# Why solving the model for a benevolent social planner gives an efficient allocation?

Probably this question is really dumb - and I'm sorry if it is - but why solving the model for a benevolent social planner, gives an efficient allocation?

What's the criteria for this efficiency?

I'm asking this because in several NK models in macro, when we're comparing the 'desirability' of simple rules, we take as efficient the allocation obtained from solving the model as stated above.

Any help would be appreciated.

I think the general proof is in this paper.

Thinking in a simple exchange Edgeworth Box, a competitive economy involves prices, which mediate the relationship between consumers relative valuation of goods - the marginal rate of substitution. A (benevolent) social planner does not need those prices, as goods will not be traded in the market, but simply allocated to whom it "corresponds", based on the same optimality conditions. Such equilibrium is simply found by equalising consumers marginal rate of substitution.

In other words:

• equilibrium in competitive economy through exchange/markets:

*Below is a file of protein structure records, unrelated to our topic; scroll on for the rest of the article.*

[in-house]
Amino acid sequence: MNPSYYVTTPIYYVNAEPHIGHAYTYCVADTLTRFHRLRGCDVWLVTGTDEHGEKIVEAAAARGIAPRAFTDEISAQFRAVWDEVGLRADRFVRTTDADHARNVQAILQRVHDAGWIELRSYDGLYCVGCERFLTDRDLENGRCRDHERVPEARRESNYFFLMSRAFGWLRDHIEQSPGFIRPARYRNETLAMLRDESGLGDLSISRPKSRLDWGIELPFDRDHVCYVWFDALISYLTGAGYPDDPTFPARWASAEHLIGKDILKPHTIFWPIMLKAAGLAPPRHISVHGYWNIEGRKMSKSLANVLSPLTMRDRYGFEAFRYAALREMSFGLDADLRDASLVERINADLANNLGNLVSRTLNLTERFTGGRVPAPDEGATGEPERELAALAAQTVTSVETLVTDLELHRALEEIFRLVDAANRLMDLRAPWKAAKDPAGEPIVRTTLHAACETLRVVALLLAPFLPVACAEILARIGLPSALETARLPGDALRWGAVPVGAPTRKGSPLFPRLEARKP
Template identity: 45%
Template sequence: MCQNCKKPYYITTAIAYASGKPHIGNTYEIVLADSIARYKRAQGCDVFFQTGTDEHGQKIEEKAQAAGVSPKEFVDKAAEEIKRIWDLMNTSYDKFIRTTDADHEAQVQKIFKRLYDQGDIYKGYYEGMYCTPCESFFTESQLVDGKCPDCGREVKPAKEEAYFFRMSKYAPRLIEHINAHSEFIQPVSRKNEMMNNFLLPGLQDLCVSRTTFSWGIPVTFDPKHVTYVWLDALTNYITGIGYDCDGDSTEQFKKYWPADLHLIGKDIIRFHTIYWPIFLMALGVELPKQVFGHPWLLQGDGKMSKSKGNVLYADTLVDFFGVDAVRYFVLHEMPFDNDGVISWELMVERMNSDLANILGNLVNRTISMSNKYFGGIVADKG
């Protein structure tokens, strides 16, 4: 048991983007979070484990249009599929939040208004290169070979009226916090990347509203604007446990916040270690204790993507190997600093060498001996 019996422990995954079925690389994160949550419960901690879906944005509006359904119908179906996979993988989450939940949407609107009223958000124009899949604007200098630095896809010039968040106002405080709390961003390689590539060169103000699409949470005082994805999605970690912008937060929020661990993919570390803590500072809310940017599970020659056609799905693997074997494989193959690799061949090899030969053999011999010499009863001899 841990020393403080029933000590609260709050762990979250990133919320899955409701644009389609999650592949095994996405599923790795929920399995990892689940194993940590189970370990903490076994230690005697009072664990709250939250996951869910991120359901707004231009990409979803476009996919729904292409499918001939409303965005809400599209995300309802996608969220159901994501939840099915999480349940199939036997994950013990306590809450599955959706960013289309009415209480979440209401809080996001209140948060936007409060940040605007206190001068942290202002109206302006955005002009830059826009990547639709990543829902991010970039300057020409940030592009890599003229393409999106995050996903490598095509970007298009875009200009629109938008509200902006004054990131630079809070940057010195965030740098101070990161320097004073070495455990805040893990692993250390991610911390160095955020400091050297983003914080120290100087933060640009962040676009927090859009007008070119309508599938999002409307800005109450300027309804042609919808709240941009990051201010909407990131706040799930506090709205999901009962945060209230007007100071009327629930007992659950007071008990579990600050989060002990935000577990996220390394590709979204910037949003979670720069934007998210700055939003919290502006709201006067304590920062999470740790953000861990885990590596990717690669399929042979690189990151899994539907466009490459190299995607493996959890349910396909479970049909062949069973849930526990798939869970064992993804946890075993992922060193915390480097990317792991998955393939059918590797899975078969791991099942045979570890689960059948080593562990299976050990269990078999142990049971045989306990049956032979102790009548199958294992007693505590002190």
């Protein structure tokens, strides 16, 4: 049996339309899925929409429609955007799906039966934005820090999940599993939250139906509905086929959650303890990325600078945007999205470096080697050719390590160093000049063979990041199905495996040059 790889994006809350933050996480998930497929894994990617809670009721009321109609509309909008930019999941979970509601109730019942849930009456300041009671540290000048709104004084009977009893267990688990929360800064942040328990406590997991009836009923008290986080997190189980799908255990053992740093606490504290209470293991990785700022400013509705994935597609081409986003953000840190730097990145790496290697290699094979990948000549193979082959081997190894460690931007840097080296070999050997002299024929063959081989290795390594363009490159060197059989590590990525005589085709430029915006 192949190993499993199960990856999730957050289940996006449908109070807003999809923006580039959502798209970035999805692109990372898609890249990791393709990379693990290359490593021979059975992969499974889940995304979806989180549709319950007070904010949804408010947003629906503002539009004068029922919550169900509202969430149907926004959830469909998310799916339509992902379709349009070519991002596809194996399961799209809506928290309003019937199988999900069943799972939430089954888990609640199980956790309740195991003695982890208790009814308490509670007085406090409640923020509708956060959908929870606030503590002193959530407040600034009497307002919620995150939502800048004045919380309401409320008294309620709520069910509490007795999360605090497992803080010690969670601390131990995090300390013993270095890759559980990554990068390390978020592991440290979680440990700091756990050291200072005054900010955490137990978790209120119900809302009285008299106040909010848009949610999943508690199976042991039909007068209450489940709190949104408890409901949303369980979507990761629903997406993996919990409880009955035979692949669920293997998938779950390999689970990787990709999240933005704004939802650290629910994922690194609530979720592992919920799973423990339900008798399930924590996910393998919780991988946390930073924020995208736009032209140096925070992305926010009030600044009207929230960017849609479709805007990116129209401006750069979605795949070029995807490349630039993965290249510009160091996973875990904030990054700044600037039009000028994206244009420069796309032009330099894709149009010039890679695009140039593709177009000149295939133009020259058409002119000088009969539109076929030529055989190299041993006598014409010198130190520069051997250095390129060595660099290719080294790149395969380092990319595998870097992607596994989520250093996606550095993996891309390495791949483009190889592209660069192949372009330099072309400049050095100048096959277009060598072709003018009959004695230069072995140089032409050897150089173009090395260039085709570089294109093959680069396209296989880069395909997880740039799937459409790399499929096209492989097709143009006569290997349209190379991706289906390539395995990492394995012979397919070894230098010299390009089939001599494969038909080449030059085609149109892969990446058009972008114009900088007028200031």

$$MRS^1_{X,Y} = \frac{P_x}{P_y} = MRS^2_{X,Y}$$

• equilibrium via allocation from benevolent social planner:

$$MRS^1_{X,Y} = MRS^2_{X,Y}$$

(the formulas above can be trivially extended to $n$ consumers and goods)

• @Anoldmaninthesea. You may also want to have a look at MWG Section 16.E and F for a textbook treatment of this. Oct 20, 2017 at 11:19
• @TheoreticalEconomist Thanks for the references Oct 24, 2017 at 22:48
• This is good information, but isn't an answer per se, because you can go from a benevolent social planner framework to a perfectly competitive framework with prices and achieve the same distributional outcomes.
– heh
Nov 14, 2019 at 16:30

At least in environmental and resource economics it is because it internalizes all externalities. If there is only a single person to consider (and the payoff of this person is "made up" of the sum of individual welfare) than by maximizing the sum all externalities get accounted for.

Actually, the answer is even more simple than what's been given. The social planner problem is just an optimization problem. It's just math. Under some mathy conditions, it has a solution. The key question isn't "why is this optimal", it's "what am I optimizing, and why?"

The benevolent social planner problem is characterized by a particular social welfare function that is optimized in the NK framework, partly because of its mathematical tractability but also (I think) because of some implied value judgments in the field. But it's not the only social welfare function out there, and much of politics in society could be understood as a debate over what the "right" social welfare function actually is.